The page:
Curiosity got the best if me too, so I banged away at it Saturday night, experimenting with a variety of exposures. It is quite hard to keep from overexposing the central area and get the extremities at the same time, as is plain to see in my example below.

 

But it is recognizable. And it could not hardly be easier, as my image is a single 30 second exposure. I would love to see some other images of M42 in this forum taken with smartphones.

 

89mm f/14.6 telescope, 24mm eyepiece, iPhone SE camera, 30 second exposure, ISO 8,000, NightCap Pro, Apple Photos processing, Snapseed processing.
 

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#46 Stardust Dave

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Posted 21 March 2017 - 09:23 AM

With IPhone 6plus (8" f/10 SCT- 22mm EP)

 

Looks quite a bit like the Sunspot in LorenBall's pic further up the page.

Could be a capture from several days before this pic.

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Edited by Stardust Dave, 21 March 2017 - 09:38 AM.

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#47 cbecke

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Posted 21 March 2017 - 09:36 AM

Andrew Symes (@FailedProtostar on Twitter) has been getting great results with his smartphone through his telescope and has blogged about it here.

 

He helped get me started (before I got my DSLR).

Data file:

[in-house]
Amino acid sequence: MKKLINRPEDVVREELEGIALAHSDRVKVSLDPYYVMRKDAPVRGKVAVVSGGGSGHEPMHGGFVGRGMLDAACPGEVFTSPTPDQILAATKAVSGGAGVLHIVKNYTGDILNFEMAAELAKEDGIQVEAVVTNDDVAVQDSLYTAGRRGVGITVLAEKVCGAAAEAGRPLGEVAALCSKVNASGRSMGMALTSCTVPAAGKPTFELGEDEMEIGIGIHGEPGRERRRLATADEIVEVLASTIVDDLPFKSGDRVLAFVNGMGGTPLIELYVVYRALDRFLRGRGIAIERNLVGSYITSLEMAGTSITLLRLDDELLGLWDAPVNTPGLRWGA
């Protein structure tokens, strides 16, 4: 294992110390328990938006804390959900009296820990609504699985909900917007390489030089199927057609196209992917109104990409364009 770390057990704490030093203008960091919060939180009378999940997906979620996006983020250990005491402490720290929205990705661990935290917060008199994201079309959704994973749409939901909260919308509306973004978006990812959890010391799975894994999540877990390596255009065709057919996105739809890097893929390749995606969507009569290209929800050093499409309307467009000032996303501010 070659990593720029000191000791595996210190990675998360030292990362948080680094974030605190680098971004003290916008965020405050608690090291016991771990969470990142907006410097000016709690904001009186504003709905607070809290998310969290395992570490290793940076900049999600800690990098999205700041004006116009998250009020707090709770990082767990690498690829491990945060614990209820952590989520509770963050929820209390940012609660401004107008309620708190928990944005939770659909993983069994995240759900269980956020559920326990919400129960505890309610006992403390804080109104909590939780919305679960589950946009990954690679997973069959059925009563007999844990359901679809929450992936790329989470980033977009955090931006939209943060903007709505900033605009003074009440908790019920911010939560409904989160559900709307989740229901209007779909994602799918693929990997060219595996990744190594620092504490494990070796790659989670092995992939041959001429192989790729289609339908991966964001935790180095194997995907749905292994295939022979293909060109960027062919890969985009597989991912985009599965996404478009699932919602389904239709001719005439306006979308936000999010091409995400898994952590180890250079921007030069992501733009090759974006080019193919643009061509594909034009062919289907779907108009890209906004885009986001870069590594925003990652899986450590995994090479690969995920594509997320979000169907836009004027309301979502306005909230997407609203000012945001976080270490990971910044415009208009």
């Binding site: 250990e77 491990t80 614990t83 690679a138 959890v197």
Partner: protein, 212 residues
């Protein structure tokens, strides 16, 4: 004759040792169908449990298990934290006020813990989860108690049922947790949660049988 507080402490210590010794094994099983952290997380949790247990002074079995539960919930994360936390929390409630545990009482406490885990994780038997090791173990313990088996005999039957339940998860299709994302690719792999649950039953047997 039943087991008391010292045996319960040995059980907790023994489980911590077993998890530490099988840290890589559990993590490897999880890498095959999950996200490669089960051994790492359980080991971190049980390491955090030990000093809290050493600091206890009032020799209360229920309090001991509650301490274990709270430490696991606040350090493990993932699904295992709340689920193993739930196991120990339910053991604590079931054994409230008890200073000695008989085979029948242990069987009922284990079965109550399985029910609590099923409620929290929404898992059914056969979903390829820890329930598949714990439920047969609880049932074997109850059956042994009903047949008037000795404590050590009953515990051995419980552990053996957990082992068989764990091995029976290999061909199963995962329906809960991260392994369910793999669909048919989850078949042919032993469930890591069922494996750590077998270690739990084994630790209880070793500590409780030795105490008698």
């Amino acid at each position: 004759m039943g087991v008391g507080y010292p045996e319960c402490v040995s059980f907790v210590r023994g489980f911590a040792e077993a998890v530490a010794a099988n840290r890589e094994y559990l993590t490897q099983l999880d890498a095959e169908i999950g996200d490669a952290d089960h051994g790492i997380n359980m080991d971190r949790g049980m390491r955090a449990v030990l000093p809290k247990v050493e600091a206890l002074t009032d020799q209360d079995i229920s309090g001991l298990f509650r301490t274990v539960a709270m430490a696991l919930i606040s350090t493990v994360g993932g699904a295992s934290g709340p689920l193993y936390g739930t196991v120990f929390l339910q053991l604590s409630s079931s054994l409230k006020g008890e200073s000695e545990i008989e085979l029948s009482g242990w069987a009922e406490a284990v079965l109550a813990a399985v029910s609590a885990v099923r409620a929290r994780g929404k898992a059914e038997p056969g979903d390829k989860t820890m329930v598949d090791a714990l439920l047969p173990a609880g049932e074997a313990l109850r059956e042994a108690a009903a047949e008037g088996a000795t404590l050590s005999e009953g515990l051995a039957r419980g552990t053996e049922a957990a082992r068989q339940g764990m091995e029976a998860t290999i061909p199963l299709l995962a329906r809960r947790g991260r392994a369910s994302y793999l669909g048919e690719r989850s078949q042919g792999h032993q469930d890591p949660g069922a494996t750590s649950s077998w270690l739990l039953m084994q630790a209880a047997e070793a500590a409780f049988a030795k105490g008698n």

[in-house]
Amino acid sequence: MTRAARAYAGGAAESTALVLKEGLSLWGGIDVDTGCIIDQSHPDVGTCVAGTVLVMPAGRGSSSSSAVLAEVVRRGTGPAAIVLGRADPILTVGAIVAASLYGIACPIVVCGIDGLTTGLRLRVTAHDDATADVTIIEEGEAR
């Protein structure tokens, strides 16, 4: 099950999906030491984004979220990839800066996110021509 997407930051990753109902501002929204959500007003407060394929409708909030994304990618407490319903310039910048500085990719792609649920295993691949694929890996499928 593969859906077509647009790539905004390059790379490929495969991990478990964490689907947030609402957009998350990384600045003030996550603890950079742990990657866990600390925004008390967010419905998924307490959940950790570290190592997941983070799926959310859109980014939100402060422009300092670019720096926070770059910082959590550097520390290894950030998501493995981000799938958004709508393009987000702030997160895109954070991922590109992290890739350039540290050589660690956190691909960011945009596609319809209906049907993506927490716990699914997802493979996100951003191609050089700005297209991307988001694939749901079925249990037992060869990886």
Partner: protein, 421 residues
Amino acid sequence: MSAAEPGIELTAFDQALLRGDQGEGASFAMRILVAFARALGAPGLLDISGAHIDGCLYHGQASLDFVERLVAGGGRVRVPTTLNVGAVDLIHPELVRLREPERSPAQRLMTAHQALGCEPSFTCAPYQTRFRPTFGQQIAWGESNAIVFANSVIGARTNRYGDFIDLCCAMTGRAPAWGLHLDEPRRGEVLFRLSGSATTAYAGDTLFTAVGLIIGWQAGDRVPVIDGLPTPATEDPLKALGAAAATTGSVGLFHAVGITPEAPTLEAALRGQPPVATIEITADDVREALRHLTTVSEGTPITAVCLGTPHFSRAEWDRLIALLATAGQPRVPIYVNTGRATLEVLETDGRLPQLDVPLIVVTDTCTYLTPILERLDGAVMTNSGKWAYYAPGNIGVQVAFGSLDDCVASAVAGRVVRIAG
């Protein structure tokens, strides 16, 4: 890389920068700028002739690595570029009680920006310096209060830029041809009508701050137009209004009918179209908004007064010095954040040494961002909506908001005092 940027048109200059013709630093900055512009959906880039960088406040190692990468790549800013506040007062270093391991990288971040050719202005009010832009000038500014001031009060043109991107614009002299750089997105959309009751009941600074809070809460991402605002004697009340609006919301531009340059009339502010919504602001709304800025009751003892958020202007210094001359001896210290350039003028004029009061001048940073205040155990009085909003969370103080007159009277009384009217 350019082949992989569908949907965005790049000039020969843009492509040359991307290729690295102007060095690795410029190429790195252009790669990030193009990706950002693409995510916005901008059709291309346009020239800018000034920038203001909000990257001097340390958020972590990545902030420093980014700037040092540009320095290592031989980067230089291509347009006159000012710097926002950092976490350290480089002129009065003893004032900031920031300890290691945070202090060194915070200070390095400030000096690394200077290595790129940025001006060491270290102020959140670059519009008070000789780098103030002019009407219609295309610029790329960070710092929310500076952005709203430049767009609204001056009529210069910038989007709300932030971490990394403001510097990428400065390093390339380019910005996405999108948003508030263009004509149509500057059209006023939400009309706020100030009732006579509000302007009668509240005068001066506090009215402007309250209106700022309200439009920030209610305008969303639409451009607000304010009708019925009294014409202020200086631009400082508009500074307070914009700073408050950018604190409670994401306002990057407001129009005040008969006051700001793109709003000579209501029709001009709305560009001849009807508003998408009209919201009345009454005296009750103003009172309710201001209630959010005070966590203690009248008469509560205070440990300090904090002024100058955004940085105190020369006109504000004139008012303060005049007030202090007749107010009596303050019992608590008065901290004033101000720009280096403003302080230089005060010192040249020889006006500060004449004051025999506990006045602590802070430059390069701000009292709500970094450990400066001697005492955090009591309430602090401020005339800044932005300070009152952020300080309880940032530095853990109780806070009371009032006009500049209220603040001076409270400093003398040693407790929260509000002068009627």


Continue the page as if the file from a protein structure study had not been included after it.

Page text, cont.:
I used NightCap Pro (only available on the iPhone) and held the phone to the scope using an Orion SteadyPix Pro. A very sturdy mount as opposed to the clips some are talking about here.

 

I believe the sensor on the webcam is larger than that on a smartphone, so it is able to grab more photons. That's definitely the difference when you step up to a DSLR. The astrophotography cameras have higher sensitivity per pixel and cram a lot of those sensitive pixels into the sensors, so you get a resolution advantage and less noise.

 

Looks like you're getting great results so far!



#48 cbecke

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Posted 21 March 2017 - 09:39 AM

 

 

Nice!  Do you mind sharing which app and the settings you use?

 

The app have been using the most is NightCap Pro. The cost is $2.
 

 

Note that NightCap Pro is only available for iOS.

 

(disclaimer: I'm a beta tester for NightCap Pro)



#49 North of Sixty

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Posted 21 March 2017 - 11:48 AM

Absolutely amazing that not only can our phones take the wonderful pictures shown in this thread but they also allow us to communicate globally by text, voice and video and give us access to essentially the entirety of human science, art and history. All the negatives of today's world aside we live in aside, it is a wonderful time to be alive. 


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#50 Rovert9988

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Posted 21 March 2017 - 03:39 PM

I've been using my Galaxy S6 phone as a camera with my telescope for a while. I've managed decent Lunar and Jupiter images, but there are definitely limitations.

 

Even with a mount it's very easy to have the phone slightly crooked or something, and getting things like exposure proper take a bit of doing sometimes. Definitely a nice way to go for cheap though. It's enough to get a better handle on aligning, stacking, and processing data which will be nice when I get actual imaging equipment.

 

3/10/17 Attempt 2 1080crop

Edited by Rovert9988, 21 March 2017 - 03:39 PM.